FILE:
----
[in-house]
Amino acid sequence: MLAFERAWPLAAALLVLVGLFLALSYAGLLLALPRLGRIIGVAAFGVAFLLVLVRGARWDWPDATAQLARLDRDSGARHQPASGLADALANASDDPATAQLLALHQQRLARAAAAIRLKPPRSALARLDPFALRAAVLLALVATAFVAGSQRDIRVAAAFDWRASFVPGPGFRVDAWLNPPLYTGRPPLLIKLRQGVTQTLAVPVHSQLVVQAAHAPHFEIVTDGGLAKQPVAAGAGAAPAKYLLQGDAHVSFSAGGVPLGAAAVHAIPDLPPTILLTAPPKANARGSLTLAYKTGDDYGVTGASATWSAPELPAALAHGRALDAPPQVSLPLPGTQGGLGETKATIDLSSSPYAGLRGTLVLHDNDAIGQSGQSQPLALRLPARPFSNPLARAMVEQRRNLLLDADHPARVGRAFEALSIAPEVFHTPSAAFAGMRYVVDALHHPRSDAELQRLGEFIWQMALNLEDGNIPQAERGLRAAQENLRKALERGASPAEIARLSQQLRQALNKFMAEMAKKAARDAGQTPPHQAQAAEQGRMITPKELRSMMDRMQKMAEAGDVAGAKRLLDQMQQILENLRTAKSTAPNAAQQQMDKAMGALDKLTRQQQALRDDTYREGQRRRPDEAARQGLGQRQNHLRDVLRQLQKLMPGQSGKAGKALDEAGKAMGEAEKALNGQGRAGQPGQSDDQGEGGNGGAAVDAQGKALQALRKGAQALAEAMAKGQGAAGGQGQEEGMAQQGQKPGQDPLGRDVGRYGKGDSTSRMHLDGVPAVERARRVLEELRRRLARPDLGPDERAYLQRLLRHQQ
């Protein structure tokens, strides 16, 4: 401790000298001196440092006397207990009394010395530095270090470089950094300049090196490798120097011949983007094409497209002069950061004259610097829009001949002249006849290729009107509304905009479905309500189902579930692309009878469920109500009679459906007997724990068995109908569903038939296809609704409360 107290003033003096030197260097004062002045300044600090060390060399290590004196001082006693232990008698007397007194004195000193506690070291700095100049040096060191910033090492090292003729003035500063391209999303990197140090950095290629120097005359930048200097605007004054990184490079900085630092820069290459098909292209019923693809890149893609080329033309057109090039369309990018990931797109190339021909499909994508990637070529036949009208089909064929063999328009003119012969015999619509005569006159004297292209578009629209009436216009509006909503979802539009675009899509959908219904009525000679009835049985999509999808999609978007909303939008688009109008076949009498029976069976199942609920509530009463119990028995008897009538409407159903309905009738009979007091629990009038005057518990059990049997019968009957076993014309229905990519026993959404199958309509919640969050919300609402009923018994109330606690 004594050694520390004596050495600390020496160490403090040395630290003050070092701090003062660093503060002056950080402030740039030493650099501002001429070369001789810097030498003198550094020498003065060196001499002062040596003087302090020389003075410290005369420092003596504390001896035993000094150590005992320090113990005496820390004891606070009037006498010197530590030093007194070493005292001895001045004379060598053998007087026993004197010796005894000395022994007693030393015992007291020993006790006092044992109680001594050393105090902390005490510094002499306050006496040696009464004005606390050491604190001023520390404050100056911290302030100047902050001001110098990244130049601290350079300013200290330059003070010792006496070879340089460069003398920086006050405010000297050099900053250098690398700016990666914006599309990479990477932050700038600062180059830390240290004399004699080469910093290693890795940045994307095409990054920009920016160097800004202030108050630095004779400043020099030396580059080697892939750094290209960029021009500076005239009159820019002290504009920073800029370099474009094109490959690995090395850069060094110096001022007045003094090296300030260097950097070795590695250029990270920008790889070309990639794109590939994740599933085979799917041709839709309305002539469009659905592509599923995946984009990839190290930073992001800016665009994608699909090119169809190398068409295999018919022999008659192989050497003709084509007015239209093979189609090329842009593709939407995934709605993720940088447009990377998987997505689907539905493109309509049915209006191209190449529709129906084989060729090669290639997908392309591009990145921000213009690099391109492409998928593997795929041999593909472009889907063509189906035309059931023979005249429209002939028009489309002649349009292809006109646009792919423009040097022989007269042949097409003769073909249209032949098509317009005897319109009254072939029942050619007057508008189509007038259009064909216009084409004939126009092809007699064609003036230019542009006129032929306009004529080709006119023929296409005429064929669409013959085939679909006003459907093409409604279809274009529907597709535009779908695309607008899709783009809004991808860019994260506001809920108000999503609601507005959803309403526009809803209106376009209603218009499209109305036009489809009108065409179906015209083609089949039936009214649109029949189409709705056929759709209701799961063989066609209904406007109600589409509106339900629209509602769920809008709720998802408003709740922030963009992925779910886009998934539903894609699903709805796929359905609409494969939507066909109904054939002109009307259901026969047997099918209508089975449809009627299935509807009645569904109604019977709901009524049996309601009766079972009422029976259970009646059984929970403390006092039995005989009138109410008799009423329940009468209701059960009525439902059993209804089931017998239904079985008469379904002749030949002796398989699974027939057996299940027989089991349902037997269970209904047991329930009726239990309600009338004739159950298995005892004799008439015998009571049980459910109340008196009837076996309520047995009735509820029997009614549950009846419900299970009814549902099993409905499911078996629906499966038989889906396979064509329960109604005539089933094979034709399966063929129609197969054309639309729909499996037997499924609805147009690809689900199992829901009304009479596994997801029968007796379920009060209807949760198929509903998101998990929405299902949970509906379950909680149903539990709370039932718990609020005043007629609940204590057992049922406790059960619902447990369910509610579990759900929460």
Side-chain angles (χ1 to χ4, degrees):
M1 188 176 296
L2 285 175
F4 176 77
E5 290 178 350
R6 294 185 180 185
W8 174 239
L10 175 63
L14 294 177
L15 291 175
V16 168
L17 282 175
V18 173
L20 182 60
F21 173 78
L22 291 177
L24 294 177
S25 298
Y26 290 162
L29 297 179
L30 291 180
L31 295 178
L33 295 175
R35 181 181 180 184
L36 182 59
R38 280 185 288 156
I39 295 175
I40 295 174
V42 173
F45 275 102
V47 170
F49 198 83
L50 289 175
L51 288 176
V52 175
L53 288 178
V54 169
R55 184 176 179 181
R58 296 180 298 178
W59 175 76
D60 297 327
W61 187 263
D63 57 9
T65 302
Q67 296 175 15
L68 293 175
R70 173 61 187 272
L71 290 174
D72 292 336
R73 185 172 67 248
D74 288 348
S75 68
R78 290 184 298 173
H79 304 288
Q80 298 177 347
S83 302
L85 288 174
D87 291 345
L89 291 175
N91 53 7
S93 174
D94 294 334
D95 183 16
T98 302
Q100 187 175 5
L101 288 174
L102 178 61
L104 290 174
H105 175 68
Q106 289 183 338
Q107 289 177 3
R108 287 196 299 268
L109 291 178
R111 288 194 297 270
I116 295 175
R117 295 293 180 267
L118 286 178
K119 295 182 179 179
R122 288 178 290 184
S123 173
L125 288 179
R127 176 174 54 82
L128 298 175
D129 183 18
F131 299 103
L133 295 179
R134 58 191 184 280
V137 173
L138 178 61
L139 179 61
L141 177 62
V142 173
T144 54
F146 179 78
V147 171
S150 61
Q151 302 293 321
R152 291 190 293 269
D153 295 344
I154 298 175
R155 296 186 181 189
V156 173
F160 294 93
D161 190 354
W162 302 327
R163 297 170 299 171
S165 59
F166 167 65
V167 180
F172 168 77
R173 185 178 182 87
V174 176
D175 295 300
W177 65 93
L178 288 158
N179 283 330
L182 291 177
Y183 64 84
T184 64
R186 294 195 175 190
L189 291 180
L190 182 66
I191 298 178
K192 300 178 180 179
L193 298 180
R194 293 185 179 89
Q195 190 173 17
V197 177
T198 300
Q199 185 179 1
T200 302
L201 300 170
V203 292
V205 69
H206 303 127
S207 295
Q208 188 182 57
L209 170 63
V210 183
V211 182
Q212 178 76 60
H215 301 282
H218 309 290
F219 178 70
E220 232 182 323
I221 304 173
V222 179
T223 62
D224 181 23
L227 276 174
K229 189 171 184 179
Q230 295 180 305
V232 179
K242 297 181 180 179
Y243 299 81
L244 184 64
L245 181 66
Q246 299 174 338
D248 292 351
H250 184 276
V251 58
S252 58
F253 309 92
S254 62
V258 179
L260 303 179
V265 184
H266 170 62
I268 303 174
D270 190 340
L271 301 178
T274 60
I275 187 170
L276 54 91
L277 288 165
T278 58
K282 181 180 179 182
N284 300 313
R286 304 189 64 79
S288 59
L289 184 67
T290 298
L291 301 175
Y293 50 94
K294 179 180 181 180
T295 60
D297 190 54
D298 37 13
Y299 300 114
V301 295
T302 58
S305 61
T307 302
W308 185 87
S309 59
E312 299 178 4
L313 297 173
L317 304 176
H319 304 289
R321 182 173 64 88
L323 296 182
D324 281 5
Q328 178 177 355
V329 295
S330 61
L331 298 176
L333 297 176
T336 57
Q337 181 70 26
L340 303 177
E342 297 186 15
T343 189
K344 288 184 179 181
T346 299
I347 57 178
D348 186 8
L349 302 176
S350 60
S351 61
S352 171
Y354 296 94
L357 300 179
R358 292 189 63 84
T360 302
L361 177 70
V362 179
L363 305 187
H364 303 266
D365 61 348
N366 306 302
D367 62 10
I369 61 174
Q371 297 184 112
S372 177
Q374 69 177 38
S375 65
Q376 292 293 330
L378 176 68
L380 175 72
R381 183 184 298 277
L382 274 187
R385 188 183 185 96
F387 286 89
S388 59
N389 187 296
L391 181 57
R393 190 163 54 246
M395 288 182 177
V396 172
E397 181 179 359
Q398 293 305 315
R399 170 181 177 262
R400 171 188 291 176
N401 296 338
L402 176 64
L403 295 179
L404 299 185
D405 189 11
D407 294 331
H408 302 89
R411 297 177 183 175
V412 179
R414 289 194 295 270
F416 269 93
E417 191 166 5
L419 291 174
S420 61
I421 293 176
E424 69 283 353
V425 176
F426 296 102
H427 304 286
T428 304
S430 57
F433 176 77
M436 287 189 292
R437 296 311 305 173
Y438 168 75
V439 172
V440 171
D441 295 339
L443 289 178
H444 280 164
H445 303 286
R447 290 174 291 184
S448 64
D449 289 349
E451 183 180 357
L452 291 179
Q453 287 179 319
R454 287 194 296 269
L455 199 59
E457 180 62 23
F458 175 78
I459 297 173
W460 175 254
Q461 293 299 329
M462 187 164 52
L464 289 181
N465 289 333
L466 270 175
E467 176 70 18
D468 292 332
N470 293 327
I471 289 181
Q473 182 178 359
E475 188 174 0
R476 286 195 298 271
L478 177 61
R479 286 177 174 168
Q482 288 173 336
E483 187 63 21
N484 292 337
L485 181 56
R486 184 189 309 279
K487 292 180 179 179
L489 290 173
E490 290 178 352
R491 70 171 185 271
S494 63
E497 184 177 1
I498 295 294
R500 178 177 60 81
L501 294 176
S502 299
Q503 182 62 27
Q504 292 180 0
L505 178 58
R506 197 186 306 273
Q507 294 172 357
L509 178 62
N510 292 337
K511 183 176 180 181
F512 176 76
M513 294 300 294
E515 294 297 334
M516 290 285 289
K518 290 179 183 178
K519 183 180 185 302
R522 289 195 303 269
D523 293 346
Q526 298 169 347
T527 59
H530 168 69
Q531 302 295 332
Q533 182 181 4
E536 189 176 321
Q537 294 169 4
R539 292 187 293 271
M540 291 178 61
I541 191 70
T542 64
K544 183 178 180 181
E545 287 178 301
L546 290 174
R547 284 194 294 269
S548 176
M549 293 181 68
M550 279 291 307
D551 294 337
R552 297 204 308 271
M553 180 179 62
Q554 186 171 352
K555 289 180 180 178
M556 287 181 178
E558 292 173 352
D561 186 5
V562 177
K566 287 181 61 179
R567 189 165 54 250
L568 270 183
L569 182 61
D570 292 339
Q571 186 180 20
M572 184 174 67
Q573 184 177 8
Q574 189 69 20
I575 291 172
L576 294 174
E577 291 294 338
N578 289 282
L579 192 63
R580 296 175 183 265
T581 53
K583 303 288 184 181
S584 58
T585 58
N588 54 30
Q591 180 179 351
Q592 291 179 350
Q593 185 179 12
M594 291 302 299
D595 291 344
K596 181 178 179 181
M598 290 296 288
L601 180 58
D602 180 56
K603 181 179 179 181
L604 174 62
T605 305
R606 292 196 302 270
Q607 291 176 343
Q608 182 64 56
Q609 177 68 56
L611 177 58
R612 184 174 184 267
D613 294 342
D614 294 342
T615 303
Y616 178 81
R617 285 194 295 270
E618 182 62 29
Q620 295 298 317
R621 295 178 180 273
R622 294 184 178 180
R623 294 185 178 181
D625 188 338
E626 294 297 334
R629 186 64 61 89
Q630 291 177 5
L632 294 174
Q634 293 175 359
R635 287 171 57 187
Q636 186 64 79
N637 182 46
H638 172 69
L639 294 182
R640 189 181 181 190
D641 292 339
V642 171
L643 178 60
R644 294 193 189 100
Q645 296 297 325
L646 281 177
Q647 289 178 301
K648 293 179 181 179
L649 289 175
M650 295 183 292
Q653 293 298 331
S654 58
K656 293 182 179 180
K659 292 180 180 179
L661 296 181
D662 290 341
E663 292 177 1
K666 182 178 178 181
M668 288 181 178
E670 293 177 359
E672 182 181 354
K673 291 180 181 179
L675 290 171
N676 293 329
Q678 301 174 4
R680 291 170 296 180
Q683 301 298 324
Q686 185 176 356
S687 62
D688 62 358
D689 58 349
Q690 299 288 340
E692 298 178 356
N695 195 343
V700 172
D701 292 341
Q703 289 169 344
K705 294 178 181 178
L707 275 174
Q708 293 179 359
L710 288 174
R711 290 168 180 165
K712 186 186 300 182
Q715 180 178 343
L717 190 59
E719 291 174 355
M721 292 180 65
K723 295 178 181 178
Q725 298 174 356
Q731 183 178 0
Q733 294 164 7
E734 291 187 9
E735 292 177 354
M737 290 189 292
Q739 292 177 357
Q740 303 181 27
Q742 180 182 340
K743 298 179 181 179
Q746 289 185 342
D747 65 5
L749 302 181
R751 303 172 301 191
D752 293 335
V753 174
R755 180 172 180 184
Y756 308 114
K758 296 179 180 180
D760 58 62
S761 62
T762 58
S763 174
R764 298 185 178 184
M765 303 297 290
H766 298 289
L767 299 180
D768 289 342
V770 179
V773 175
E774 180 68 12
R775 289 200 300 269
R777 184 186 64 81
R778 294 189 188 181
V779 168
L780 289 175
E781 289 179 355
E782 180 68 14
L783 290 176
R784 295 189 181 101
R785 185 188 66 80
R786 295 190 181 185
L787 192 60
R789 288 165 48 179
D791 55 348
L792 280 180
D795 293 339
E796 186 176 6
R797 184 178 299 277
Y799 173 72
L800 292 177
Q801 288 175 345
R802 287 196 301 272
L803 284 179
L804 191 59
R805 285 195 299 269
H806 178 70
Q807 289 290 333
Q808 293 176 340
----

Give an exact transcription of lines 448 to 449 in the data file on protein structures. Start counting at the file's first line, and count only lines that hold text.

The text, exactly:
E663 292 177 1
K666 182 178 178 181